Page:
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3 Months, 3 Lessons: Key Takeaways From My First 90 Days at Echo

After nearly 90 days in my new role at Echo Consulting, I can confidently confirm what many of you probably already know: change isn’t easy. My journey starting a new job in a new industry has brought a host of lessons already, many of which were hard learned by wading through uncertainty, confusion, and frustration.


But as I reflect on my first three months in my role, I can identify three key takeaways that stand out, and that I believe will shape the way I continue to grow in my role. My guess is that if you're starting a new job, setting up a new system, or trying anything new in life or your career, these lessons will ring true for you, too.


1 - Everything is Hard At First

This first lesson might sound intuitive to some, but it’s been helpful for me to call out the obvious: when you start something new, it’s probably not going to be easy. This makes sense, because starting something new inherently means that you’ve never done it before, and you have a lot of learning to do. But addressing this reality is a helpful way to not create an expectation that no matter what you do, you’ll seamlessly slide into expert level execution.


In joining the Echo team, I immediately found myself surrounded by new experiences. Like anyone onboarding into a new job, I had to meet my new colleagues and build a familiarity with the company processes and culture. But in addition, I was stepping into a new field. That means that part of my onboarding journey has been focused on understanding what Echo does, what the landscape of the project management industry looks like, and how I can use my skill set to contribute.


On the days where I’ve felt like a fish out of water, it’s been incredibly helpful to remember that my steep learning curve in my role doesn’t mean that I’m not a good fit for it; it just means that it’s new, and I should expect it to feel a little daunting.



2 - Work With What You Have

Onboarding would have been a lot more challenging if I truly didn’t have any skills or experience to offer the team. But that wasn’t the reality. Even if it feels like you have nothing tangible to offer, most people can contribute something to the team’s goals within their first 90 days.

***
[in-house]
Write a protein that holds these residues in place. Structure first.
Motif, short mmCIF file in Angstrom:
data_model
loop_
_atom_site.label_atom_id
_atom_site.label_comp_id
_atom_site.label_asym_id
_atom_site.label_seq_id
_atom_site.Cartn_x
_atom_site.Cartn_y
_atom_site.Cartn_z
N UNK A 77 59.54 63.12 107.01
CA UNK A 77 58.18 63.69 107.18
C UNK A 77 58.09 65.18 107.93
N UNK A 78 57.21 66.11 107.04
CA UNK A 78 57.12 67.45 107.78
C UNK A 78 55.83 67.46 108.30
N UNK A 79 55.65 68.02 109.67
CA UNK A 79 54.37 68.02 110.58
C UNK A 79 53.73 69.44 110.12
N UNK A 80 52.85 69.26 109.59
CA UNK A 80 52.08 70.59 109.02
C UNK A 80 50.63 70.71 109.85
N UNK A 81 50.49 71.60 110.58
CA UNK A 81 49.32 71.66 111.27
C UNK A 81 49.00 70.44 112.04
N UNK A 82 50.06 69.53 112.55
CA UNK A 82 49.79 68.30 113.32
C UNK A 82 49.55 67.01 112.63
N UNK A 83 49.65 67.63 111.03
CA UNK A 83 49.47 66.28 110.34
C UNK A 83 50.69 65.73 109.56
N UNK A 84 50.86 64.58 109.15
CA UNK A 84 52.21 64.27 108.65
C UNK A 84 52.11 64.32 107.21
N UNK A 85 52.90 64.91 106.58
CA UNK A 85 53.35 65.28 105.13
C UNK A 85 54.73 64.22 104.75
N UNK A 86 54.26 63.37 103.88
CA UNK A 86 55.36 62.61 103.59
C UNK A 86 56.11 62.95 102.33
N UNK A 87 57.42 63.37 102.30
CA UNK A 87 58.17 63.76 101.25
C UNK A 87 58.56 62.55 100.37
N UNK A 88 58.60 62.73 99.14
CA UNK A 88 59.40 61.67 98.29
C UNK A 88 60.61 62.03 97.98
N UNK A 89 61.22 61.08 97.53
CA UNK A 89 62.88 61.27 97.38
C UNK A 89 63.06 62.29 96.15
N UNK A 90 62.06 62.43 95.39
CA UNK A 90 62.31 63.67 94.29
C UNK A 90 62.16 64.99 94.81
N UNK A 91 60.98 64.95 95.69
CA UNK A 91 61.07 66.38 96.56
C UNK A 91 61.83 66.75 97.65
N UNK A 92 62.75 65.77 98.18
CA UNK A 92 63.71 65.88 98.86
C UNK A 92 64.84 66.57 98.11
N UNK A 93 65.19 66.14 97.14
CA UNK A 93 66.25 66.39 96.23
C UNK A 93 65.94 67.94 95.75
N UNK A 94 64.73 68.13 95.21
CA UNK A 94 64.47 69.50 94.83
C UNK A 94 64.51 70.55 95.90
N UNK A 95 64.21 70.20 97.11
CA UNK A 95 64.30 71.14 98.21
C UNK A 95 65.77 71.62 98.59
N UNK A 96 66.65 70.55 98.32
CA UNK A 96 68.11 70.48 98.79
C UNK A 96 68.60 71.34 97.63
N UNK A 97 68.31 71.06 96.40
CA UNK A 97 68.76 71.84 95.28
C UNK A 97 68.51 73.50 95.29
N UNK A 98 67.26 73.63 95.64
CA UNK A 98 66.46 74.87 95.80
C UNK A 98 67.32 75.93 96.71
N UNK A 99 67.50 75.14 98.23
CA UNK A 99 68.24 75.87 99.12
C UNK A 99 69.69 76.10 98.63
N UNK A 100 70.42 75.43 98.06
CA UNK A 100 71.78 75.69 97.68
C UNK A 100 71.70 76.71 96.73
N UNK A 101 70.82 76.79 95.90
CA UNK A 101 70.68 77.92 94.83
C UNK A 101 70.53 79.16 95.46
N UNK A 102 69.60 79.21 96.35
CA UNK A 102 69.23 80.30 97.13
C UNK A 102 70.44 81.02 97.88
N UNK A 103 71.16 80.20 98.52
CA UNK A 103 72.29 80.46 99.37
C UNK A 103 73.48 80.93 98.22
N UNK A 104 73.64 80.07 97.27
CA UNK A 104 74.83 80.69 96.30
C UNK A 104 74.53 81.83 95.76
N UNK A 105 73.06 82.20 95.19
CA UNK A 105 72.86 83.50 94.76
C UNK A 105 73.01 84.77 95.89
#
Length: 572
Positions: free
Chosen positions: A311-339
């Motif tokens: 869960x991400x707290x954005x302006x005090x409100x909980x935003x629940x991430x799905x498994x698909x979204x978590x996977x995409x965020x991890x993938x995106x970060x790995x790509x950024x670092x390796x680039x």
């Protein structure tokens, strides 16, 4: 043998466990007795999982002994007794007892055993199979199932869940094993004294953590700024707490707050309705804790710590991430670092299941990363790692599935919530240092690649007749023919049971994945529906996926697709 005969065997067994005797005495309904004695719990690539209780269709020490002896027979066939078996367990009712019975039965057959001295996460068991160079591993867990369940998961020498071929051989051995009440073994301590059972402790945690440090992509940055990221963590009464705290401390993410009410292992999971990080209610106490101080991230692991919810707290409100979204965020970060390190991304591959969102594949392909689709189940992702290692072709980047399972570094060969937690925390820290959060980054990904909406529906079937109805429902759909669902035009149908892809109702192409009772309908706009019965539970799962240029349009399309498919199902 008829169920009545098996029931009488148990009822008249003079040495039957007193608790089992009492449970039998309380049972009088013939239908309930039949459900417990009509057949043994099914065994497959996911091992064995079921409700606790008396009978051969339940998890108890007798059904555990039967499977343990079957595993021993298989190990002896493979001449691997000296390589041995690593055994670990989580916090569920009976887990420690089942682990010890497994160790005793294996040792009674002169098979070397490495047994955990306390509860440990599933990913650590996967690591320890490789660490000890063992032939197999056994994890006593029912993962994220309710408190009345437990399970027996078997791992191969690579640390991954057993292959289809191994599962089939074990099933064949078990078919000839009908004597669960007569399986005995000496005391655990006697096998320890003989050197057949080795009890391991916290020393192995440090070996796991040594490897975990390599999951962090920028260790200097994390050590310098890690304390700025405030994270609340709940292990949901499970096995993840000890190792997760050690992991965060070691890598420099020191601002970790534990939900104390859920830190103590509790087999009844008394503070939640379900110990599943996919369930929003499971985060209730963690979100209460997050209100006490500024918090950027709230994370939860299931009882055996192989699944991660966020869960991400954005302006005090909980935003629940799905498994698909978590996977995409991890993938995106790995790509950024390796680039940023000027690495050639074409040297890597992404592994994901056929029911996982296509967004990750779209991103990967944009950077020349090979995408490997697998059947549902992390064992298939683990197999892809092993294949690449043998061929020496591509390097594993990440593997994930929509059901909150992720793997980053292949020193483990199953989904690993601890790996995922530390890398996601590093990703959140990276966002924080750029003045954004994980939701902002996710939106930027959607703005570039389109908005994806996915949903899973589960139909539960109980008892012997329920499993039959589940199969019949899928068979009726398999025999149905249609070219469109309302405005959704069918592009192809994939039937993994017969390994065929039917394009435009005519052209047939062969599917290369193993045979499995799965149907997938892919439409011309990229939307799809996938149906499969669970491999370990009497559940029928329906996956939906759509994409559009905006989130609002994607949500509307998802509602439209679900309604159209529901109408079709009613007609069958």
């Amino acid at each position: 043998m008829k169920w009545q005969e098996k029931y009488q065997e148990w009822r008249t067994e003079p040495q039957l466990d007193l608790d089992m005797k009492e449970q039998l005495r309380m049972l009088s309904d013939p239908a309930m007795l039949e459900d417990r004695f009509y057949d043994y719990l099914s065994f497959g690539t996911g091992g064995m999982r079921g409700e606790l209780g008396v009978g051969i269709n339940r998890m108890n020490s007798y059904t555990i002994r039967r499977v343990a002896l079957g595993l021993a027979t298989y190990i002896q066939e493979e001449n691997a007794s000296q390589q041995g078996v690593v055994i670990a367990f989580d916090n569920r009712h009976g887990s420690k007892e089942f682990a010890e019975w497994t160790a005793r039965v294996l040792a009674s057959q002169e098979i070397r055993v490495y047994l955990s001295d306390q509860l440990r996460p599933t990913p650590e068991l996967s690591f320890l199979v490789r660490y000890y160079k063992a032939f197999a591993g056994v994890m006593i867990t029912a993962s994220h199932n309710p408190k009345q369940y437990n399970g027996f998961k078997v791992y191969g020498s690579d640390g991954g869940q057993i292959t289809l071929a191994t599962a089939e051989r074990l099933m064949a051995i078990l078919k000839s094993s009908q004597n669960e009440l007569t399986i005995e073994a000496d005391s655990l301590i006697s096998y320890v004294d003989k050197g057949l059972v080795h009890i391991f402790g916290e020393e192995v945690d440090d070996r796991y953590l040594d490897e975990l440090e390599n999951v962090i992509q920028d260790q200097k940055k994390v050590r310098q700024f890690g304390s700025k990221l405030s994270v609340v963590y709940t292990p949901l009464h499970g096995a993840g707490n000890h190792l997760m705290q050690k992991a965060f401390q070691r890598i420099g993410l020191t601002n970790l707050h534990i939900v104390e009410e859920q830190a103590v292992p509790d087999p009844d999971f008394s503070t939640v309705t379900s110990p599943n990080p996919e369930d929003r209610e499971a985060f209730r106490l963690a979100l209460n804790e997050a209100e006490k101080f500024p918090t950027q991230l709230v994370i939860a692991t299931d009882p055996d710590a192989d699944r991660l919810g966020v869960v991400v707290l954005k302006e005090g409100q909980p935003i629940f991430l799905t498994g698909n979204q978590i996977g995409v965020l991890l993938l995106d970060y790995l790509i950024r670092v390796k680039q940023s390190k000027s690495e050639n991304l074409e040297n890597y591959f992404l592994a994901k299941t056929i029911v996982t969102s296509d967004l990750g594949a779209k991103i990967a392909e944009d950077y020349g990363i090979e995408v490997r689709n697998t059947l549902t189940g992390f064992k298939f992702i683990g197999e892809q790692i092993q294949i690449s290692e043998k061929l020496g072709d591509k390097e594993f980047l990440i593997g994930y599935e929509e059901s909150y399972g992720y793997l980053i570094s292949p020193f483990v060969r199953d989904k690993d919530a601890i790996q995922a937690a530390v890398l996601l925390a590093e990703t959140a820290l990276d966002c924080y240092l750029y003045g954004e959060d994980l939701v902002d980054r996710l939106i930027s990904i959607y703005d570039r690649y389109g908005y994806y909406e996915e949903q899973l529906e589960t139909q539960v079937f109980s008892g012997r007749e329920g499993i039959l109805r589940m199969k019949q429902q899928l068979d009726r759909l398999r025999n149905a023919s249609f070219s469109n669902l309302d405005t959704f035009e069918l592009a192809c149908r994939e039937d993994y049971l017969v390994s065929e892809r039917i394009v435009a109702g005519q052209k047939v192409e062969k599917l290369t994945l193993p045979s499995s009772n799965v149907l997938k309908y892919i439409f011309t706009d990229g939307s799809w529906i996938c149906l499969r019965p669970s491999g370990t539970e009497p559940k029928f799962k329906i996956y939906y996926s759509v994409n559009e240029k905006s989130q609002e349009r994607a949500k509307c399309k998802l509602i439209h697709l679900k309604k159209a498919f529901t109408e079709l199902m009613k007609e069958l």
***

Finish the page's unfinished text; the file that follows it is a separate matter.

For me, contributing to Echo started with something I know well: communication. I began my new role by engaging in team conversations, asking questions, and volunteering to help with projects in the ways that I felt I could.


As my onboarding journey continued, I’ve had lots of opportunities to dive in and contribute while supporting my own learning. In my first week, I explored Miro, a tool that’s quickly becoming a team favorite. A week later, I was able to leverage my graphic design experience to set up our Founder, Molly Yanus, with a fresh, up-to-date slide deck for a speaking event.


Since then, I’ve been getting more familiar with Echo’s work, and I’ve begun to see how my background in communication and management can fill a need for the team and the company as a whole. It feels good to know that after 90 days, my ability to help my team thrive will only increase.


There’s a lesson here that I hope to carry forward as I take on new responsibilities and projects, but it applies to anyone starting a new job: companies hire employees because of their experience and insights. Yes, it’s great to learn new tools and get familiar with company culture. But those things can be taught. Your unique perspective and approach to your work is what got you hired in the first place, and you can leverage that perspective any time, especially when you feel out of your depth.


Chances are, your team is hoping you’ll do exactly that.


3 - Trust the Process

Finally, my onboarding journey has been a constant practice in trusting the process. As someone who loves to think critically and find solutions to problems (a trait the entire Echo team shares) it can be challenging for me to lean into trust rather than problem solving. But what I’ve learned in onboarding so far is that trust and problem solving don’t need to be in conflict; with a little change of scale, I’ve learned that these approaches work hand in hand.


Each time I’ve run into a challenge at Echo, I’ve done my best to understand the obstacle and think critically about how I can surmount it. In many cases, the process of overcoming roadblocks has involved creative solutions and lots of trial and error.


If I were looking only at the short term experience of each challenge, I might be tempted to think that I’ve had a tumultuous run of things so far. Lots of ups and downs, lots of “wasted” effort trying to find the simplest solution. But if I zoom out and look back on my first 90 days, each of those challenges – and cycles of up and down – have been steadily moving me in the direction of growth. Yes, there have been some difficulties, but there has been more positive growth and progress overall.


If I were to plot my journey on a graph, everything is trending up. And as I look ahead and wonder what comes next in my role at Echo, I’m reminded that while there will certainly be more learning curves and challenges ahead, in the long run I can trust that I’m learning and evolving every step of the way.



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